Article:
If we are to solve the challenges facing our society, such as public debt crisis and demographic change, first of all we need a sound theoretical and empirical analysis of public budgets and social insurance systems. Responding to this need, the researchers of the unit ‘Public Finance, Social Security Systems, Income and Wealth Distribution’ examine the fiscal consequences of specific government policies, analyse the incentive and distribution effects for companies and private households and evaluate governmental redistribution policies.
Our aim is to develop ideas for effective long-term financial policies and reliable and efficient social insurance coverage for the major risks in life, i.e. old age, illness and long- term care. In the European context this requires a profound analysis of the Member States’ regulatory framework in order to understand interdependencies between varying national subsystems.
Public Finance and Tax Policy
Besides the public debt crisis, the issue of profit shifting is a case of major importance for international tax policy. Tax competition makes it possible for multinational enterprises subject to taxation in different countries to minimise their tax burden. While national governments tend to see this as a risk to their tax revenues, multinational companies must be considered a boon to the German treasury. Despite the opportunities for transferring profits abroad, they decently contribute to the country’s fiscal system. The EU Commission’s current initiative on harmonising taxation of multinational enterprises in Europe comes on time. However, reflecting these findings there is only a low incidence of tax avoidance in Germany.
Income and Wealth Distribution
Using European microdata we analyse the redistributive effects of levies and monetary social transfers in Germany and other EU Member States. The results indicate that the incidence of income redistribution in Germany is significantly above average. Whereas Western Europe, Scandinavia and certain Eastern European countries have a high degree of redistribution, in the Baltic States and the countries of Southern Europe the level is significantly lower. Forthcoming research will focus on two questions: first, the effects of low interest rates on income inequality, and second, on whether there is indeed a negative correlation between income inequality and economic growth, as predicted by two prominent studies of the OECD and the IMF.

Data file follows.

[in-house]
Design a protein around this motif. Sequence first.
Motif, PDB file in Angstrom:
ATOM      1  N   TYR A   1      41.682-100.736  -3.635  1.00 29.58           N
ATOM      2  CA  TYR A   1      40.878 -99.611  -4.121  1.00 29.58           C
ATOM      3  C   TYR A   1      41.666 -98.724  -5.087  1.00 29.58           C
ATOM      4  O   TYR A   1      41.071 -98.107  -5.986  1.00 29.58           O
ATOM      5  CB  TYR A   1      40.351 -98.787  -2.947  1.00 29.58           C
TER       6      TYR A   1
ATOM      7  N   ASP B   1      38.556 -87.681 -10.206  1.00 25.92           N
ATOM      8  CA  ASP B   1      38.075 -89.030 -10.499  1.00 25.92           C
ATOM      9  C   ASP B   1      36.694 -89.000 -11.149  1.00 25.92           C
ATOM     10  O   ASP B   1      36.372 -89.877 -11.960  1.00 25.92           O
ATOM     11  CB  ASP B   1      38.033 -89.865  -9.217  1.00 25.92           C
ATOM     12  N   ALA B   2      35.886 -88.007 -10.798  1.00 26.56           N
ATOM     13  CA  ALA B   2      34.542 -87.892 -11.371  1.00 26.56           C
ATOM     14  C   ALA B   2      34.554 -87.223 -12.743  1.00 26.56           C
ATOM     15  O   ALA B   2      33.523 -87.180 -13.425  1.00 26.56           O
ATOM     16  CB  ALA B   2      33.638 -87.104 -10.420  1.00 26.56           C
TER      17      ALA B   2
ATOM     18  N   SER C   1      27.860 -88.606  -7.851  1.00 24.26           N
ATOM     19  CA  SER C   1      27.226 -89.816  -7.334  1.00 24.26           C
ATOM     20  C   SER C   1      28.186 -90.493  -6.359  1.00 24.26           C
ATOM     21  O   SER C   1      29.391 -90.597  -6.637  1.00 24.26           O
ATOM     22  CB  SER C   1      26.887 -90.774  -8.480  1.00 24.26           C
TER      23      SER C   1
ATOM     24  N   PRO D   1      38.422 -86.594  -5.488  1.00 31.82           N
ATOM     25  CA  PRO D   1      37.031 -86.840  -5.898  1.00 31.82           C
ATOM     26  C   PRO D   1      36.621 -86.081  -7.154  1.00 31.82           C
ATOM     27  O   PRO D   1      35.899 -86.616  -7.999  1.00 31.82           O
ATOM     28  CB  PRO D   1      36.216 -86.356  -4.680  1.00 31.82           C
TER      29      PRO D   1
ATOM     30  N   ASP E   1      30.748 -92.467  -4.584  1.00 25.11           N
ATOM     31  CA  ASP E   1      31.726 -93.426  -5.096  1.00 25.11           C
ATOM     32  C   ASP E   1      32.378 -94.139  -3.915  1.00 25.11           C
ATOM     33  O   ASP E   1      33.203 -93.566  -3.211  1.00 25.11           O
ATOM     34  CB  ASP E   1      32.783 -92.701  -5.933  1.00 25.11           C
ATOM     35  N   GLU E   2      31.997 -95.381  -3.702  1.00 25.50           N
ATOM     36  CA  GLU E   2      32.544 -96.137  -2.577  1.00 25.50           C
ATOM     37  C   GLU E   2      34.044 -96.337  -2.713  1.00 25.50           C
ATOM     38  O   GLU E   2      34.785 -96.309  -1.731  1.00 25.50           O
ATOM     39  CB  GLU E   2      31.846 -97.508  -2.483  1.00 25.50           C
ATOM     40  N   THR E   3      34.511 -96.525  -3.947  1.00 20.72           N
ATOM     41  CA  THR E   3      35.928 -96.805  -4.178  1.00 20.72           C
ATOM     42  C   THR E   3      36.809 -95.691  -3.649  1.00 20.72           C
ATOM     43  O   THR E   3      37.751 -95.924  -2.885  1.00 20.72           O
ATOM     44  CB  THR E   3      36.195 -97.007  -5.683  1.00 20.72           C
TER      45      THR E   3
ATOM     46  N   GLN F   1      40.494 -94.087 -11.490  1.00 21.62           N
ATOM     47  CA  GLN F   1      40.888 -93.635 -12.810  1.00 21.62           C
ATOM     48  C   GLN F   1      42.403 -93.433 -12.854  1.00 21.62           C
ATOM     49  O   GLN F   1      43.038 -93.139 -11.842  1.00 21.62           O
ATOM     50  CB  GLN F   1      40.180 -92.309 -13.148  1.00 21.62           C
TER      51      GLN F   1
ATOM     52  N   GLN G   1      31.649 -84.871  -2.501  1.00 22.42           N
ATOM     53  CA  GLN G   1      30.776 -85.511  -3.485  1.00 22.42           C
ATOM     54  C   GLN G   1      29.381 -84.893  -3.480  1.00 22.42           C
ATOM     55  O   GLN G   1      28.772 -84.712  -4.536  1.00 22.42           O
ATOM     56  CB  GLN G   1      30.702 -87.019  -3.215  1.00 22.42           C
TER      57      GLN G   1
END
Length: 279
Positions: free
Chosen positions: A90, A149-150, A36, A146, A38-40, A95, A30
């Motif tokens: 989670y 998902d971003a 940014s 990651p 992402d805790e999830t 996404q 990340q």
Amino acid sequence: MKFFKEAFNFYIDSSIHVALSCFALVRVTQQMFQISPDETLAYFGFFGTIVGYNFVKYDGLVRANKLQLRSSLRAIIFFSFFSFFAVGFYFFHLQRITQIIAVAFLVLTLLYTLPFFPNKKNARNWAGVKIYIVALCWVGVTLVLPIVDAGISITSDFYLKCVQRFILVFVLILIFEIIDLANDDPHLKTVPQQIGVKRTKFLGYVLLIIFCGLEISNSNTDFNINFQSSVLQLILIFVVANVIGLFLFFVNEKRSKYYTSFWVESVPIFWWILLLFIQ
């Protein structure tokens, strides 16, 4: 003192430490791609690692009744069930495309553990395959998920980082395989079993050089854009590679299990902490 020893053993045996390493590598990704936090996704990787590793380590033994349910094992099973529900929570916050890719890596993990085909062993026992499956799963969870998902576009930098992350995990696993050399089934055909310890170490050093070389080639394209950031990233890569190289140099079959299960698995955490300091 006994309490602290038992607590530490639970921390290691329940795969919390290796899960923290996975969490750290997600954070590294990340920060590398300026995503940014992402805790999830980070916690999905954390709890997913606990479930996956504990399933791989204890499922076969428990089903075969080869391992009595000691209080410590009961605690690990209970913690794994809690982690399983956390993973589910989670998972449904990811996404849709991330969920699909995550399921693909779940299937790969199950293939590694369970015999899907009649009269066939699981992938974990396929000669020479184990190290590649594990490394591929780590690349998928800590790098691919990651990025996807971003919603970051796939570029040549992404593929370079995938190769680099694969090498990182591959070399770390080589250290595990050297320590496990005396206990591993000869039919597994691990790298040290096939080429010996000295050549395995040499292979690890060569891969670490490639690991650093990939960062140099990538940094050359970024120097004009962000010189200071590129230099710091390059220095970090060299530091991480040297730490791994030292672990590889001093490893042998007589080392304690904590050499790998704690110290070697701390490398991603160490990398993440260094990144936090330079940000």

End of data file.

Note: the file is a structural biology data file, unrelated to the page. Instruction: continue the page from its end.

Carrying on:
Social Security Systems
The ageing of the European population will have a considerable impact on the sustainability of the Member States’ pay-as-you-go financed social security schemes. The demographic challenge will continue to exist, even after the crisis will have been solved. Therefore, it is important to focus on long-term scenarios when reforming social security systems like old age provision or health care. In our current study about the demographic challenge for the Member States’ public pension schemes we put an emphasis on the nation-specific elements of old age provision. As they differ in various aspects, we argue that pension policy should remain a national issue. However, the Commission’s reporting can encourage transparency and might help to induce necessary debates within the Member States.
German Pharmaceutical Industry
Demographic change is not only a matter of social security systems but also of safeguarding Germany’s ability to attract business investment. With this in mind, the unit ‘German Pharmaceutical Industry’ investigates location criteria for the health industry in Germany, taking the pharmaceutical sector as an example.